Ultimately, in a season of uncertainty, the leaders (whether that be agents, owners or team leaders) who demonstrate clarity, focus and direction in times of doubt will ultimately win out and see disproportionate market gains as a result.

This is a time when agents can easily pick up market share not available to them in the prior boom market. That said, it’s critical to remember that leadership is a perception that is based on your decision to lead.

This means that a clear focus on leadership traits like confidence, clear communication, empathy, a vision that enrolls support, adaptability,  active listening, open collaboration and humility will build your leadership profile and, if executed at the level of your business, will provide you with the rocket fuel you need to get to the top.

Leadership will be the key differentiator in the next season and that, my friends, is a good thing for the industry.  

No. 3: Study the past to prepare for the future

I’m always a bit saddened when I  speak to any agent who says that some change is unprecedented. Are you sure? What I mean is that we’ve experienced some analog to basically every change in the past, if you’re willing to look. Humans are amazing at convincing ourselves that everything is new all the time.

AI is new, but the rise of the internet, cell phones, wifi, online data storage, big data, Y2K, etc. all had similar traits and created similar market responses. The NAR lawsuit is new, but before NAR, there was a different approach to real estate agency, compensation, and so on — not altogether dissimilar from the current approach in some aspects of commercial real estate.

Again, we have to be willing to look for patterns and relationships, but they’re there for the taking. Remember that you have a rearview mirror for a reason. Use it.  

No. 4: Run all scenarios

You can’t hit a bullseye if you can’t see the target. Throwing darts in a dark room is not a great strategy, and, not surprisingly, your business needs a plan, or you won’t hit your personal goals either. As my father used to say, “Plan the work and then work  the plan.” This is true now more than ever.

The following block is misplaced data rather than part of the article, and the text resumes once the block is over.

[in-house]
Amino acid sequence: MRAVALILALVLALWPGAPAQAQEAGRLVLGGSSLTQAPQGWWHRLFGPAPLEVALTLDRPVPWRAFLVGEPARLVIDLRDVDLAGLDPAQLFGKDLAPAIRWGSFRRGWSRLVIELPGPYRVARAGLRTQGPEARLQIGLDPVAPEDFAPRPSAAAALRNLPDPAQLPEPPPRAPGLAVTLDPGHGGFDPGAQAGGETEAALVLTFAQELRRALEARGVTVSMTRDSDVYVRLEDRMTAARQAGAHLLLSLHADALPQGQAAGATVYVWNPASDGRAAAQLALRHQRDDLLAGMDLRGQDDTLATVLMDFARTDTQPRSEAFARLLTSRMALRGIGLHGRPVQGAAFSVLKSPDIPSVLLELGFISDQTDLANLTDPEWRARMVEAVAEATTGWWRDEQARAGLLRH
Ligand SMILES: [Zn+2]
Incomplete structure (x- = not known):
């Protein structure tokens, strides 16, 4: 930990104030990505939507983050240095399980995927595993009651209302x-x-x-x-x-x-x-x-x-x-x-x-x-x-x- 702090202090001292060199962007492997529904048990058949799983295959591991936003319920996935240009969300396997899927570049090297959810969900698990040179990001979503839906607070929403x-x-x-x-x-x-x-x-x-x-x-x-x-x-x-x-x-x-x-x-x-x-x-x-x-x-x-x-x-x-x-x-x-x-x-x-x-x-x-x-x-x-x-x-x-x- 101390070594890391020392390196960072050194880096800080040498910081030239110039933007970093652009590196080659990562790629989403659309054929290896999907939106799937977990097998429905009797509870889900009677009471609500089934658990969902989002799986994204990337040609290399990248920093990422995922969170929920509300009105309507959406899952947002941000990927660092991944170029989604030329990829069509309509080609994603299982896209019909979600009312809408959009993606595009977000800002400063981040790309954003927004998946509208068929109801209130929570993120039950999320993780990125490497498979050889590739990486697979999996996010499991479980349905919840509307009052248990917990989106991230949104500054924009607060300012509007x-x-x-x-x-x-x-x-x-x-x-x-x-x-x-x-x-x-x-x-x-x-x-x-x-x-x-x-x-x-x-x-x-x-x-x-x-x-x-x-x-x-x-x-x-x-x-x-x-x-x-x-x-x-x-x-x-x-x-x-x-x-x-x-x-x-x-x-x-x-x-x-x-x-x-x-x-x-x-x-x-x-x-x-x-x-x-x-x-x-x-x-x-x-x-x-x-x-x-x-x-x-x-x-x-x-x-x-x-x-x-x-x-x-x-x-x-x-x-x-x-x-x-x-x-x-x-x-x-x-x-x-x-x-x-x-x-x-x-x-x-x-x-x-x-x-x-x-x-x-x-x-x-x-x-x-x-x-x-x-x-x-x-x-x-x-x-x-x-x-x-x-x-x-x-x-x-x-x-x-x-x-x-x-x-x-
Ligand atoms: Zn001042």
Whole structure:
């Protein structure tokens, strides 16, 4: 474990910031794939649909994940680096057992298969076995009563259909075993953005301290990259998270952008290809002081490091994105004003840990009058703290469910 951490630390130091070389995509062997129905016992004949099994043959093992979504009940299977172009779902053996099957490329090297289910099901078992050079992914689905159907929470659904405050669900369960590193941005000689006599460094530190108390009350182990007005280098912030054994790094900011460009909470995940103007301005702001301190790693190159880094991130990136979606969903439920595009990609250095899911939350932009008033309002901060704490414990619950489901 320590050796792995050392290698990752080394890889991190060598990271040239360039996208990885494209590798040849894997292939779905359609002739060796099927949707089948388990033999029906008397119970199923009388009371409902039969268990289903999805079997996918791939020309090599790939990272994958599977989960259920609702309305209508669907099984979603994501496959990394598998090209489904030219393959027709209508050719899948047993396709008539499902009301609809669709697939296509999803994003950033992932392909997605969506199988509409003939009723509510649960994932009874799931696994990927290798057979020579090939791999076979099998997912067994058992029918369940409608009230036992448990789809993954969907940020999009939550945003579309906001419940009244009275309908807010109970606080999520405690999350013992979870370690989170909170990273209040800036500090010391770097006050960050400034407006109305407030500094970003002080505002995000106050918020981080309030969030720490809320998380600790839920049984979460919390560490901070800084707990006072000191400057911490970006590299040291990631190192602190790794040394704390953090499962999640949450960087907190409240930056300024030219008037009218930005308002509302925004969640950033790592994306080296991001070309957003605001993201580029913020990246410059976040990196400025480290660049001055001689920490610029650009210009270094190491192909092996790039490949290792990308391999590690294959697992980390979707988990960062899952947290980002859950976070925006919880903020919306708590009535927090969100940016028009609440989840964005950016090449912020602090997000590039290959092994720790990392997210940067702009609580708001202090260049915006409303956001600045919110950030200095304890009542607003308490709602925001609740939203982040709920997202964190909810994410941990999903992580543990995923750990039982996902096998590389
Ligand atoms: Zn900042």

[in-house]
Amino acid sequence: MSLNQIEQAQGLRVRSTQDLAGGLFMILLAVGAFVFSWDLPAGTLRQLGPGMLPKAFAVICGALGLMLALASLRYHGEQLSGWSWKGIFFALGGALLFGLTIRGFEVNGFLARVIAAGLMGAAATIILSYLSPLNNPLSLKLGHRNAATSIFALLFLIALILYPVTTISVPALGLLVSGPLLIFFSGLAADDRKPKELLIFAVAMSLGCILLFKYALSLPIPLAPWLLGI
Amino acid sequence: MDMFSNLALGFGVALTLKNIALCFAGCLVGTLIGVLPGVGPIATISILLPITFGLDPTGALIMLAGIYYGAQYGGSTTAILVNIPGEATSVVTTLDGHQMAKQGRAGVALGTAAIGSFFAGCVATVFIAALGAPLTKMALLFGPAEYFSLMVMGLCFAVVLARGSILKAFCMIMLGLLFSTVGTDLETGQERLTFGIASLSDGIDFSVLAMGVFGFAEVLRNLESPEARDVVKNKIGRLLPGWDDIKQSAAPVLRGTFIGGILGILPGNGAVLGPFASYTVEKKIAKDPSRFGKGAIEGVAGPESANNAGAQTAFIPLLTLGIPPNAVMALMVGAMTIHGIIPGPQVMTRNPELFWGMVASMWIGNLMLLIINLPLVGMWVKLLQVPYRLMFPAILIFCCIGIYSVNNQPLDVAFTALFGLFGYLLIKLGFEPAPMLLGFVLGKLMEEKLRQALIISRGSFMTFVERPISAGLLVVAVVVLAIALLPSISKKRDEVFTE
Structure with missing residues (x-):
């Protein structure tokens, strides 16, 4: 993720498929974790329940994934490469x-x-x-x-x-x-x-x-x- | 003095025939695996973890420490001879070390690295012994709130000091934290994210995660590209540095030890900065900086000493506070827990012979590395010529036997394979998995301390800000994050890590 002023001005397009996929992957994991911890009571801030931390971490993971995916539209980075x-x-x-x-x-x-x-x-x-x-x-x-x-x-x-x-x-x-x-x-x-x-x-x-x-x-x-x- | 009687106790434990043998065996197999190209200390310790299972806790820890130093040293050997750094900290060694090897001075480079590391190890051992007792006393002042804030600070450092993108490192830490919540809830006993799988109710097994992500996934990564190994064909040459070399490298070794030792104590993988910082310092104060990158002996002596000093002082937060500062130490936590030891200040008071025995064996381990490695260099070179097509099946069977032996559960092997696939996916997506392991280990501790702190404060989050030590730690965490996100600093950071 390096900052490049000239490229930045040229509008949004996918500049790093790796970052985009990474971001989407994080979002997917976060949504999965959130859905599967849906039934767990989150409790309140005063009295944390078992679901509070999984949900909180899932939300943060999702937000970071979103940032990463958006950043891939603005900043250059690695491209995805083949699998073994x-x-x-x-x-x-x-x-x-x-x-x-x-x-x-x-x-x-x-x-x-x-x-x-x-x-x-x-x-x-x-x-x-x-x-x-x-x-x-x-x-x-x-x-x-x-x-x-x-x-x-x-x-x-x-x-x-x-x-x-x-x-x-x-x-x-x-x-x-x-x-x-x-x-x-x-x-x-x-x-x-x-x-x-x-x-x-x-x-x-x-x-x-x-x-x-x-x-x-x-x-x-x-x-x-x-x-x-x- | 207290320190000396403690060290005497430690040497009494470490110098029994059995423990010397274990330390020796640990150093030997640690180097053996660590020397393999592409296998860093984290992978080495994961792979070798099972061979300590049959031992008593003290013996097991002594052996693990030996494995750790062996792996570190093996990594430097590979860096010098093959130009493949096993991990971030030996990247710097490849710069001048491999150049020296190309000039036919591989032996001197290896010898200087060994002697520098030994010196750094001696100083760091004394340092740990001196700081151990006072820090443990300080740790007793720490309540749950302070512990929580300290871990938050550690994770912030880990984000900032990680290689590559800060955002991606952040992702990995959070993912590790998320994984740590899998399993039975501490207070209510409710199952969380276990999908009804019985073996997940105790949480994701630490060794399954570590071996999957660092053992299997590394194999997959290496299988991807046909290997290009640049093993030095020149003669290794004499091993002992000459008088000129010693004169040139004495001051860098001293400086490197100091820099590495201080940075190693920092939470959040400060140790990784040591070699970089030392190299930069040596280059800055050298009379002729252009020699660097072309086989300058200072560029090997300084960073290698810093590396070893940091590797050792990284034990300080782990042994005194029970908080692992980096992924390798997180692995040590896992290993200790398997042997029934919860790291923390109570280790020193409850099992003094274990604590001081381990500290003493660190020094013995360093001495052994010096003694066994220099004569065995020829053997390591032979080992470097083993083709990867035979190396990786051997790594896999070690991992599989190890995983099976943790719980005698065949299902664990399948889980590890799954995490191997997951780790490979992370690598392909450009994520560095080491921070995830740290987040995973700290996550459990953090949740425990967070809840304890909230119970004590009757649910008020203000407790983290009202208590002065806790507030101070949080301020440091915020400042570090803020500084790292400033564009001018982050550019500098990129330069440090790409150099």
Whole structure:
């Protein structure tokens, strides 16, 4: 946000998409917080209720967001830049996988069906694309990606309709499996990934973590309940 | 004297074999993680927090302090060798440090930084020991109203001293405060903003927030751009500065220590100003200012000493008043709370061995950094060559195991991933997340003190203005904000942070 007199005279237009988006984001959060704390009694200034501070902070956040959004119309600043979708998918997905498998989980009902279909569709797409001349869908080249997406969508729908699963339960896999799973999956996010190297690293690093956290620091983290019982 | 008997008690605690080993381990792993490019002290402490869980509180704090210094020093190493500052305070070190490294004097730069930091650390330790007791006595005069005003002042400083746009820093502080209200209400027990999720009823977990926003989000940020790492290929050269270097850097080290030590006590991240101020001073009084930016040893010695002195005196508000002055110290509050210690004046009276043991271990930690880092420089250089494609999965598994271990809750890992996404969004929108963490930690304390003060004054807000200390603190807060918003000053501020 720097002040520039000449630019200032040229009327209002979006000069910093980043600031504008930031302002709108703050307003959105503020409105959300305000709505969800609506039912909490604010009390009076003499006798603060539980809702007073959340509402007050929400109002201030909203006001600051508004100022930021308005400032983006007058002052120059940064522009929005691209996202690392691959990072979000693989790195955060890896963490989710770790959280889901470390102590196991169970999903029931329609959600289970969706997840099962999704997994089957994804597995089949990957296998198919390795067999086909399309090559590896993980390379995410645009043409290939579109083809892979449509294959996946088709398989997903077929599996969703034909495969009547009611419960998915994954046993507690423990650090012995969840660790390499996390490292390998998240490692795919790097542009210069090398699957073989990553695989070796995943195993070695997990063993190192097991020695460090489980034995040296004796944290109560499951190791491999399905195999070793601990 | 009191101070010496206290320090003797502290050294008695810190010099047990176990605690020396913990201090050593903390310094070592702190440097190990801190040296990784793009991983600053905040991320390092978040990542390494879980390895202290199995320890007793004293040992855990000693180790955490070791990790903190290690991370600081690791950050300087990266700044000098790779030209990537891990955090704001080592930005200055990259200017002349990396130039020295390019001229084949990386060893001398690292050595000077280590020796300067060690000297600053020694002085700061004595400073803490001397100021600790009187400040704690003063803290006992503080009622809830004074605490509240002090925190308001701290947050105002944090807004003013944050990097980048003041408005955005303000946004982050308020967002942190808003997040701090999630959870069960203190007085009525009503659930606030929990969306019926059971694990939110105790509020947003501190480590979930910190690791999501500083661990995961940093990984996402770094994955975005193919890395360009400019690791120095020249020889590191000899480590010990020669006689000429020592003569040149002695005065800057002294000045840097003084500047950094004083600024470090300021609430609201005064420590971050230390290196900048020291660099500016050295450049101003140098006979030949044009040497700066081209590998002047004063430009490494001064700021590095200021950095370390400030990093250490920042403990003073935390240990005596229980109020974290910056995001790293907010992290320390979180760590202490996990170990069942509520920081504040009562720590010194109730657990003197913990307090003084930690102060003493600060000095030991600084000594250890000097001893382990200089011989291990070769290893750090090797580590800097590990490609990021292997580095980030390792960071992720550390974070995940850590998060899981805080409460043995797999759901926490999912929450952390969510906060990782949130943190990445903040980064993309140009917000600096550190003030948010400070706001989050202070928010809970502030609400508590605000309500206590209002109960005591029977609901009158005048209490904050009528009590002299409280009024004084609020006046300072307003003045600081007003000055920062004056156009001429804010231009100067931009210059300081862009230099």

You need to run all available scenarios in your head.  Start off with your worst fears and ask yourself, “If my life depended on me doubling my income  because of this fear scenario, what must I do in order for me to succeed anyway?”  Resourceful thinking might mean you have to ditch some old rigid beliefs.

If you find yourself  thinking, “That’ll never work,” ask yourself instead, “How could I make this work despite this  obstacle?” Your brain will absolutely find the answers, but like any muscle – you have to work for it before it works for you.

Howard Marks may have said it best: “You can’t predict. You can  prepare.” So, let’s get prepared to be successful by running scenarios, creating resourceful solutions, and then choosing the plan. After that, it’s just execution.  

No. 5: Be nimble

The concept of agility gets talked about a lot, but in execution, it’s tougher to achieve because it might mean changing the core identity of your business (or yourself), and operations may have to adjust to accommodate the forced change. In other words, when you know a boulder is in the way, go around, go over, drill through, blow it up or choose a new path entirely. I spend a ton of time coaching agents at every level, and it always stuns me to see how stuck we can get as humans to an idea.

It’s frustrating to know that you’ve got a plan and then something happens and now everything gets thrown out. But, those moments are when the greatest innovations occur — when you have to find a new path and create a new reality.  

No. 6: Build your network

Going it alone has always had a certain allure to me. The feeling that we can do it all and don’t need anyone has an empowering magnetism, but it’s the wrong answer when heading into the most uncertain waters. Humans are network-oriented adaptation machines. We operate most effectively at the intersection of connection and innovation, and as a result, when things are changing rapidly and creating uncertainty, we need our network more than ever.

So, if you have an amazing network of incredible leaders around you, lean in and stay connected. If you’ve been going solo for a while, start building your tribe with smart, driven leaders who push and challenge you and (especially) don’t always agree with you.